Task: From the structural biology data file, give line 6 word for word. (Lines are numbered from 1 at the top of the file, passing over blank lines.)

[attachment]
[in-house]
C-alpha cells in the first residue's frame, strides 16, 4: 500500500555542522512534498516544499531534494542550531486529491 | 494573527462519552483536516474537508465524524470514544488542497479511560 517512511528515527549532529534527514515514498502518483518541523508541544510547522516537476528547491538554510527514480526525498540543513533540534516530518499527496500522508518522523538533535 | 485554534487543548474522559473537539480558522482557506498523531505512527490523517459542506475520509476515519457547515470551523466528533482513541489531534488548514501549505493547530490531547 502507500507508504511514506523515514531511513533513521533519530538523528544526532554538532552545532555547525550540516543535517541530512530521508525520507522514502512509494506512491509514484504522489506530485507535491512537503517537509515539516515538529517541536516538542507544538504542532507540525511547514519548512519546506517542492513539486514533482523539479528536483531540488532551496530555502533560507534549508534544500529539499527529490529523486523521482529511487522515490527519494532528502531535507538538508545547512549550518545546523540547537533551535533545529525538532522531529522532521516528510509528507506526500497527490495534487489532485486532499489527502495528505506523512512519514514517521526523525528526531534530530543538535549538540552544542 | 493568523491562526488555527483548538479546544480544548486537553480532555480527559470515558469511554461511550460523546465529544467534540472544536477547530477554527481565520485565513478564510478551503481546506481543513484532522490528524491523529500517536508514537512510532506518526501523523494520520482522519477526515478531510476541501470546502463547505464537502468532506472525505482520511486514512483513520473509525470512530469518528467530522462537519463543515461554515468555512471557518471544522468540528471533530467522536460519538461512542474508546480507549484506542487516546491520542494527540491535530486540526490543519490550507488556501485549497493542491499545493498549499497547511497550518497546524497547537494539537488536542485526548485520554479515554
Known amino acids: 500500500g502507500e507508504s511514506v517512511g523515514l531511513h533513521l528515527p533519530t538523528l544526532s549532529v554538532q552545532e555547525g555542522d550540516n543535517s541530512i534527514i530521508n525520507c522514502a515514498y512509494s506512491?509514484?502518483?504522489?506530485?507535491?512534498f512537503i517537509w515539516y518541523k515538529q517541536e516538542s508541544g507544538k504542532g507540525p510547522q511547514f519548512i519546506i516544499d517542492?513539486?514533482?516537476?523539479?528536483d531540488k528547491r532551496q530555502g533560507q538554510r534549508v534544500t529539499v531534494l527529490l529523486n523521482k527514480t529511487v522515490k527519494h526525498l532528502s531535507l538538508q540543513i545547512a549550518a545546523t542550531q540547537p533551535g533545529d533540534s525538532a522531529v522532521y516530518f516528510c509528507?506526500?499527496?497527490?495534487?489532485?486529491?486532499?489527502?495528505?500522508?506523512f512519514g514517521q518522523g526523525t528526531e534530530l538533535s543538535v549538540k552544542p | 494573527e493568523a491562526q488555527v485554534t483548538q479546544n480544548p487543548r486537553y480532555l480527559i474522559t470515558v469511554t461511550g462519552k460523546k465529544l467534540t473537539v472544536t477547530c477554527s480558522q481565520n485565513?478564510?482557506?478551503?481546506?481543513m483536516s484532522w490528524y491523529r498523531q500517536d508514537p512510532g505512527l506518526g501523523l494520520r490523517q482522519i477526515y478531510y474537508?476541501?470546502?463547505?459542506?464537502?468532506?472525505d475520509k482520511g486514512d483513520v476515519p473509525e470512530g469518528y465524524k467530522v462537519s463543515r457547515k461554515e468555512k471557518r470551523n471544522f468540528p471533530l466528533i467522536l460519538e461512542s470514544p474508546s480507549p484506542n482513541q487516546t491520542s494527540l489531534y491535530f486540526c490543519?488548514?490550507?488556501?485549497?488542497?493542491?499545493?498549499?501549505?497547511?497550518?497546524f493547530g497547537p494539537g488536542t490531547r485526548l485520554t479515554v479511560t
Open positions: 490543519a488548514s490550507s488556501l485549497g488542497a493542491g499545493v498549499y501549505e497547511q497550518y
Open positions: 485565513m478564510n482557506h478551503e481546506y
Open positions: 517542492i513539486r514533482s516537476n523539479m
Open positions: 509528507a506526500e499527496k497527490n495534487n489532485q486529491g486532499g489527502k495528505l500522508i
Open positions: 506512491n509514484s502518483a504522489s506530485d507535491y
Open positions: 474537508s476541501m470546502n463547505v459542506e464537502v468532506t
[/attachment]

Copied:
Open positions: 517542492i513539486r514533482s516537476n523539479m